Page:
Me Before You & After You by Jojo Moyes

As soon as I watched the trailer for the upcoming film, "Me Before You," I immediately developed stereotypical girly feels about it. I mean, c'mon, it's got Khaleesi (Emilia Clarke), Finnick Odair (Sam Claflin), Clara Oswald (Jenna Coleman), and freaking Mr. Bates (Brendan Coyle), so how could I not like it?!? For those of you who don't know who those actors and characters are, study up. I swiftly purchased the book by Jojo Moyes so I could read it before the film's June 3 release, and I finished the book as quickly as I started it, only to find out that a sequel had just been released! My review of both books follows, because I thought it made the most sense to discuss them both in one post.

SPOILER ALERT: Try as I might to avoid them, I cannot seem to find a good way around spoiling plot lines. Proceed at your own risk.

Me Before You
Louisa Clark gets a job taking care of Will Traynor. Will, before becoming a quadriplegic from a motorcycle accident, was a hot shot businessman who traveled the world and lived an adventurous life. Louisa, however, has never really left her hometown and has lived in a rut, even though she has a unique and bubbly personality (and wardrobe). Louisa finds out that Will intends to perform assisted suicide within a few months. She takes it upon herself to prove to Will that life is worth living, thus taking them both on a series of adventures where they both learn more about themselves and grow closer. And duh, they fall in love. 

SPOILER. Regardless of Louisa's valiant effort to convince Will to live, he opts to follow through with his suicide. Although he loves Louisa, he feels as though he cannot go on because he cannot live and love her the way that he wants. Louisa isn't understanding of this at first, but she eventually accepts Will's decision and is there with him during his final moments. It's absolutely awful, and you're left with a sense of emptiness and begin to ponder the meaning of life. Feels. In the end, Louisa realizes that she should live and constantly do and try new things, for her own sake and for the sake of Will's memory.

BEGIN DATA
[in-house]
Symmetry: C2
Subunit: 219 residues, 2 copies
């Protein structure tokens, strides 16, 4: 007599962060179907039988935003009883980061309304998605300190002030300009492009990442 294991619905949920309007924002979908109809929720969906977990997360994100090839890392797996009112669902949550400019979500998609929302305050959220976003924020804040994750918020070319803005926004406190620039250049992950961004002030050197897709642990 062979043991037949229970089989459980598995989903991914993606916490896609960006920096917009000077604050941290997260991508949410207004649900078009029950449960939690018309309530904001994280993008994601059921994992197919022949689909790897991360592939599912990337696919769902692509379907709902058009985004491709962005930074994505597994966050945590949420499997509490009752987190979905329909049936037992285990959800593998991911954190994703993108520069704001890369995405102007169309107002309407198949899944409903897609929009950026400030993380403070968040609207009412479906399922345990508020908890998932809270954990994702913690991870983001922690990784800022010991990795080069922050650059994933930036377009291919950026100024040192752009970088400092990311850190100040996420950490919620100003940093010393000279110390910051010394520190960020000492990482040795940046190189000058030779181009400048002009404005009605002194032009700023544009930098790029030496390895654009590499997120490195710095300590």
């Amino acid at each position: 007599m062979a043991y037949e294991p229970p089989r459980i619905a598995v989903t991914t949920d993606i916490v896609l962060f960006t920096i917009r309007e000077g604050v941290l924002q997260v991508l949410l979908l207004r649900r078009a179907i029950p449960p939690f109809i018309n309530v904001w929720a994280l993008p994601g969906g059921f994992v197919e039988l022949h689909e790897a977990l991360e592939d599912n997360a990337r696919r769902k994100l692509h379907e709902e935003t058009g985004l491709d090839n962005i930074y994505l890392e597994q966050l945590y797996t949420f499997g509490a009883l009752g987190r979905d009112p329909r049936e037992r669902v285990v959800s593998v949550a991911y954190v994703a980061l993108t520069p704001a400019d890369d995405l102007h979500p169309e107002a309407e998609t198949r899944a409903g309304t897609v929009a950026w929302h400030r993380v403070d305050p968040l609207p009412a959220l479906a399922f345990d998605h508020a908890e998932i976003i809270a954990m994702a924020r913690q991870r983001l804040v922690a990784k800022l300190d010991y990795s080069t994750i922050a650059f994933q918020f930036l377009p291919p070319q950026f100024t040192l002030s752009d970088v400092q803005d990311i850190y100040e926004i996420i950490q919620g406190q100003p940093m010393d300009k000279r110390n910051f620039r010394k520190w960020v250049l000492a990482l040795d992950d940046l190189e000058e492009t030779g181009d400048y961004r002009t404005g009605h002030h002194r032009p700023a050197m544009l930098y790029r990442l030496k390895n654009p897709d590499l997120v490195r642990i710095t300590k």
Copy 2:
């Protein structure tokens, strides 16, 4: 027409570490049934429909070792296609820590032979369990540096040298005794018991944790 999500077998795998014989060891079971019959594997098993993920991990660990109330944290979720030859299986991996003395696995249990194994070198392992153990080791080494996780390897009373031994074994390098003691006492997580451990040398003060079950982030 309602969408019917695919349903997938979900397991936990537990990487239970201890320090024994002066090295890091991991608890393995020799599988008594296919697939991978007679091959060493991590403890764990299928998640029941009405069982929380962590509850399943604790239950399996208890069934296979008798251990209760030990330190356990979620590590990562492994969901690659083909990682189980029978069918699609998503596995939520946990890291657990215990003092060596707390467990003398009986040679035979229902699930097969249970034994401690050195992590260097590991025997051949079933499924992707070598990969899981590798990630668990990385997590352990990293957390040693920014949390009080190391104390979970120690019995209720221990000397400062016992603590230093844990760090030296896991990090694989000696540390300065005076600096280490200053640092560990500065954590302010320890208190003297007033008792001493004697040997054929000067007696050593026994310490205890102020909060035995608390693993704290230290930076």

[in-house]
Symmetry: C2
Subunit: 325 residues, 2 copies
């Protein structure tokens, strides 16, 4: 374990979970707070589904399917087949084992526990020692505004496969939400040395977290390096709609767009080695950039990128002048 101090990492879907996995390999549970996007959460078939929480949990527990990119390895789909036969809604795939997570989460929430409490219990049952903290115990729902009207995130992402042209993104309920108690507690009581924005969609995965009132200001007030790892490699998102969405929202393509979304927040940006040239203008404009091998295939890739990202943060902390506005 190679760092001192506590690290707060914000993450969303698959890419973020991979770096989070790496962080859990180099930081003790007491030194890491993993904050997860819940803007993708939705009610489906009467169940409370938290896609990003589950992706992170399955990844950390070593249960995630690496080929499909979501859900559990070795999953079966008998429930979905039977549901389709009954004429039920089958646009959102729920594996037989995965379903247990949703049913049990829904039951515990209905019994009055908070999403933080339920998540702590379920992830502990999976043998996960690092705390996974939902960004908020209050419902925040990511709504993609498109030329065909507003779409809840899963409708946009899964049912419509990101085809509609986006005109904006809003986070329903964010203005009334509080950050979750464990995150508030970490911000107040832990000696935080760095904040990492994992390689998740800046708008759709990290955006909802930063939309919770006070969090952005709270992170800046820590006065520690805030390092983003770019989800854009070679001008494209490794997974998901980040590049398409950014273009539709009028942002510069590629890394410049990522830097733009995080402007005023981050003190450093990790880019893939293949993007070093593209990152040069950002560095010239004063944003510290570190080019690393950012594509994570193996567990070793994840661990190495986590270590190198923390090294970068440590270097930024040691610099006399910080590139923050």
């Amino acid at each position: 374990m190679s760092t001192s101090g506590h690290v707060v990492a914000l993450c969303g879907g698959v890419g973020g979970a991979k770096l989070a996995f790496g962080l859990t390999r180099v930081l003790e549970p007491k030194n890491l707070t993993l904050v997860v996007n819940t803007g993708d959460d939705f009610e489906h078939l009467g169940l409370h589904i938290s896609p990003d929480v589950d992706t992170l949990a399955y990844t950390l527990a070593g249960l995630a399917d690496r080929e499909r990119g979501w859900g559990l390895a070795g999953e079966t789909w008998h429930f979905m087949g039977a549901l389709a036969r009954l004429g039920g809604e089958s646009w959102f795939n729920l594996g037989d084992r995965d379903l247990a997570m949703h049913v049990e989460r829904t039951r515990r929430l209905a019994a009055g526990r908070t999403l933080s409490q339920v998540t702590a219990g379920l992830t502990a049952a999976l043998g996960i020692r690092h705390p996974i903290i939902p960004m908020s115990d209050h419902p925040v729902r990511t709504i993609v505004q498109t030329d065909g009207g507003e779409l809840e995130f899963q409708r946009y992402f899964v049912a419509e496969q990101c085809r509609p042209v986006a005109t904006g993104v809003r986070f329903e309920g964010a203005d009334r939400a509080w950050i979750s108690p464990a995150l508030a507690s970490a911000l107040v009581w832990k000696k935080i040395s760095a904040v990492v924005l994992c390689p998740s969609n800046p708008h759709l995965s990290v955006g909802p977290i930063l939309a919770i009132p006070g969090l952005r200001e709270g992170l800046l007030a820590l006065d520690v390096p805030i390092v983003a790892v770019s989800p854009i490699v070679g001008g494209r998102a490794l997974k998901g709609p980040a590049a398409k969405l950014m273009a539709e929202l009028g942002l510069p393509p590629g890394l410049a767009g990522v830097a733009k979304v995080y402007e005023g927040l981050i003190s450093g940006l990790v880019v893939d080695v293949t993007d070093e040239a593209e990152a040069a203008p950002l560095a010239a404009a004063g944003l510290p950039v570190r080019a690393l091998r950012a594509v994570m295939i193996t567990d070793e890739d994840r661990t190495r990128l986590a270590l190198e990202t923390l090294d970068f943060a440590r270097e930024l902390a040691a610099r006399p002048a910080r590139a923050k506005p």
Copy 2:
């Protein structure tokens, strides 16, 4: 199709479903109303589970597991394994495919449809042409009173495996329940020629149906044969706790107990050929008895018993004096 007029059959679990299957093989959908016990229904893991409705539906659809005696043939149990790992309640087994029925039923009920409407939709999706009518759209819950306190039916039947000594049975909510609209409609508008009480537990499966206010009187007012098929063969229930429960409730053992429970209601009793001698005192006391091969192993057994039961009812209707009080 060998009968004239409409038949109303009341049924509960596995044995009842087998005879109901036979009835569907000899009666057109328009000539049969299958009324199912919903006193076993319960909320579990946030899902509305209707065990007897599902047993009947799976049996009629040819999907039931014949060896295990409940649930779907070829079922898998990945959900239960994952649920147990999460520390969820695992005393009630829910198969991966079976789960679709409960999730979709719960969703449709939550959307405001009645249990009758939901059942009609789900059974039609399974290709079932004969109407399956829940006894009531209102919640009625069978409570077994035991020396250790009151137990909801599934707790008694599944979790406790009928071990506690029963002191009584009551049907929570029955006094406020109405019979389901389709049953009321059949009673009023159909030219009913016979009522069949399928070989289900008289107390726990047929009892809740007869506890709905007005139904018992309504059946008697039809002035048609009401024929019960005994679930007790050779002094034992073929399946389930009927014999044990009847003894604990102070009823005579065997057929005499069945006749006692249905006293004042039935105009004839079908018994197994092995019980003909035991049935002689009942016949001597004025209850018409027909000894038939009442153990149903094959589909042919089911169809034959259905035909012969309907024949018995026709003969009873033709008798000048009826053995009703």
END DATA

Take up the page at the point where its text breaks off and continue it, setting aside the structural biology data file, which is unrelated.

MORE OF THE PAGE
My biggest take-away from Me Before You is that we cannot center our life around others. Louisa becomes a woman obsessed with keeping Will alive, and when she cannot accomplish that task, she is consumed with grief, with guilt, with nothingness. Without Will to center her attention on, Louisa loses herself. That's not a way to live, and Will realizes that if he lives, Louisa will always be focused on him and not herself. I see this problem in real life fairly often - people don't know how to live for themselves. I don't think it's selfish to do things for yourself instead of others (within reason, of course), and I do think it's dangerous to put all of your eggs in one basket. If those eggs are lost, then what do you have left?